Image courtesy of ANAORI.
The sleek, all-black cookware is carved from a single block of carbon graphite, and takes cues from the traditional Japanese “hagama” cast iron pot. Image courtesy of ANAORI.

 

Designed by ANAORI Inc., a company best known for expertise in carbon graphite technology, ANAORI kakugama is in essence a multifunctional cooking tool, boasting the ability to simmer, poach, braise, fry, grill—and even cook rice. Get a little creative and it can likely serve even more purposes. Externally it looks like a sleek, black cube shouting Japanese minimalist aesthetics. For the science nerds, or those like me with way too much curiosity for the know-how of everything, ANAORI kakugama is intriguing because it is crafted out of carbon graphite. This is one probable reason behind its high price point for a piece of kitchenware (starting at US$2,490 for the smaller 3.4L capacity). Carbon graphite, in chemistry terms, is one of three forms of elemental carbon—the other two being coal and diamond. Carbon graphite is known for its thermal and electrical conductivity, and its resistance to heat, thermal shock and wear. From an atomic level, carbon graphite has a hexagonal structure—one of the strongest shapes next to a circle and triangle, and prevalent in nature for its high efficiency and perfect tessellation—making it a very robust raw material.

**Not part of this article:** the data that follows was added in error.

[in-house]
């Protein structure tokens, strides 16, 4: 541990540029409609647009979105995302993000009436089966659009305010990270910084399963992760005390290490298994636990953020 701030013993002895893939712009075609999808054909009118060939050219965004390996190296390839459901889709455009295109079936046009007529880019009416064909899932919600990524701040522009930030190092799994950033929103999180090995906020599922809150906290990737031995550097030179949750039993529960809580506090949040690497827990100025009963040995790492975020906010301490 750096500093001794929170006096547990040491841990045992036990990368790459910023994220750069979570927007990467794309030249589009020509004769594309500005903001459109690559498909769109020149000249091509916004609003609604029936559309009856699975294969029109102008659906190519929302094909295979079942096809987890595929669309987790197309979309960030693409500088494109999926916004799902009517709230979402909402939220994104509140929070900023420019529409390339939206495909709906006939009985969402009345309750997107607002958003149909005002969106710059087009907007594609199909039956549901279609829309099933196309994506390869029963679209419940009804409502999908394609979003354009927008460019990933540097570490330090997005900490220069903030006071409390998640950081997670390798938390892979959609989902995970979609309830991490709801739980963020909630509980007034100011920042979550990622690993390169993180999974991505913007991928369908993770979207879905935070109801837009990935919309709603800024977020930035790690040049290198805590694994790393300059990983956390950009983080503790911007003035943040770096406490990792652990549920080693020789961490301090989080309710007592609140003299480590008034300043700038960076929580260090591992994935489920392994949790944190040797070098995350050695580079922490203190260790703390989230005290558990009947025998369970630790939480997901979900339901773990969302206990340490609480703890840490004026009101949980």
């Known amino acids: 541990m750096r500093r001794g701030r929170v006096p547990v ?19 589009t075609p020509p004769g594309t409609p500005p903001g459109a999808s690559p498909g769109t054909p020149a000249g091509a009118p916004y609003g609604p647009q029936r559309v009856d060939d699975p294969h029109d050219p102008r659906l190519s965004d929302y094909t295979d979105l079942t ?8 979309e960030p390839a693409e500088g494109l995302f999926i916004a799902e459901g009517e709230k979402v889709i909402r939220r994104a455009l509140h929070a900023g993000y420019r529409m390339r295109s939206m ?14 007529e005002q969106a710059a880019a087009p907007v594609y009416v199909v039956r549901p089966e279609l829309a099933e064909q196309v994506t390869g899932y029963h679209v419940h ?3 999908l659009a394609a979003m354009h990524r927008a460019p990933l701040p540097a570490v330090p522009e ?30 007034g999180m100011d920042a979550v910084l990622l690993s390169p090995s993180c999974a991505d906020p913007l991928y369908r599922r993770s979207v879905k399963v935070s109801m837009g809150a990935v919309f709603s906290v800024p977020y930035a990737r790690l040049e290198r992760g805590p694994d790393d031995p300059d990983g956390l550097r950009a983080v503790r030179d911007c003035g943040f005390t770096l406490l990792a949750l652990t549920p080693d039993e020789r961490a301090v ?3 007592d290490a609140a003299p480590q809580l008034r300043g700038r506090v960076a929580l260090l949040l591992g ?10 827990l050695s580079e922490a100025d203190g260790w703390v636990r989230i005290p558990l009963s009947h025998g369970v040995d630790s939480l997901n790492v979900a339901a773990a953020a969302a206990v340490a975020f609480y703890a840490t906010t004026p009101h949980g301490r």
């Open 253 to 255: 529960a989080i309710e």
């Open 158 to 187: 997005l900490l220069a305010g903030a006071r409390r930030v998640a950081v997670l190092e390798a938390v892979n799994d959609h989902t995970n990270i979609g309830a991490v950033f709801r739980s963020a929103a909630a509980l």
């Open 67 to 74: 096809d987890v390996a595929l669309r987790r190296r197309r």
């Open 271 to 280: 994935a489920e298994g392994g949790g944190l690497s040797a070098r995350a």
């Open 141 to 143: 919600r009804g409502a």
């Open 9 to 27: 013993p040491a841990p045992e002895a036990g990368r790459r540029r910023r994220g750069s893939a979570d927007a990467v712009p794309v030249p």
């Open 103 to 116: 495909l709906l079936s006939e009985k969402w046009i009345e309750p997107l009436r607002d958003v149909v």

Applied to culinary use and these facts simply tell us that ANAORI kakugama has excellent heat retention (for two hours I was told before the temperature starts to cool) and superior infrared emissivity—five times better than your average cast iron pot—which means more efficient cooking, or as ANAORI tells us, on a chemical level, the cellular breakdown of raw ingredients is reduced (meaning again, more natural flavour and texture retention in your food). While my culinary palette was far from refined enough to test this hypothesis in action, the dishes Executive Chef Franckelie Laloum served up at Michelin-starred French restaurant Louise, demonstrated the versatility of ANAORI kakugama—and was delicious to taste of course. There was also the giddy drama and wow factor as we all went from staring at the lonesome black cube on the chef table to oohing and ahhing at the sight of it with food inside. The three dishes cooked with the ANAORI kakugama—part of a special six-course menu available until 18 July—included a Minestrone style broth with vegetables from Laurent Berrurier, mint oil and black truffle; six-hour braised veal cheek; and duck foie gras seared on the lid of the ANAORI kakugama.